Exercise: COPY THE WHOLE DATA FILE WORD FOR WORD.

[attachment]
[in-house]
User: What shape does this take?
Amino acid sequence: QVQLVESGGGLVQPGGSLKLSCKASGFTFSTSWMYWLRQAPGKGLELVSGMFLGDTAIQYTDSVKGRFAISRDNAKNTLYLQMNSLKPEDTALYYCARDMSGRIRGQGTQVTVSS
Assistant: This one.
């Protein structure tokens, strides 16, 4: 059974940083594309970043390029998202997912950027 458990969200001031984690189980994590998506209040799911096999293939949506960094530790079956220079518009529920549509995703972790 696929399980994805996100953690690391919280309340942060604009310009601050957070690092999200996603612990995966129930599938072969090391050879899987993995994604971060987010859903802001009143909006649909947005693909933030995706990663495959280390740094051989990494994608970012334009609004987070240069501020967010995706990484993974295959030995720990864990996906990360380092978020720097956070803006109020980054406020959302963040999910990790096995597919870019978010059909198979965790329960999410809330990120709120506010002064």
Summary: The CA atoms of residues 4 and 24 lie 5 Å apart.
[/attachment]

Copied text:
[in-house]
User: What shape does this take?
Amino acid sequence: QVQLVESGGGLVQPGGSLKLSCKASGFTFSTSWMYWLRQAPGKGLELVSGMFLGDTAIQYTDSVKGRFAISRDNAKNTLYLQMNSLKPEDTALYYCARDMSGRIRGQGTQVTVSS
Assistant: This one.
């Protein structure tokens, strides 16, 4: 059974940083594309970043390029998202997912950027 458990969200001031984690189980994590998506209040799911096999293939949506960094530790079956220079518009529920549509995703972790 696929399980994805996100953690690391919280309340942060604009310009601050957070690092999200996603612990995966129930599938072969090391050879899987993995994604971060987010859903802001009143909006649909947005693909933030995706990663495959280390740094051989990494994608970012334009609004987070240069501020967010995706990484993974295959030995720990864990996906990360380092978020720097956070803006109020980054406020959302963040999910990790096995597919870019978010059909198979965790329960999410809330990120709120506010002064």
Summary: The CA atoms of residues 4 and 24 lie 5 Å apart.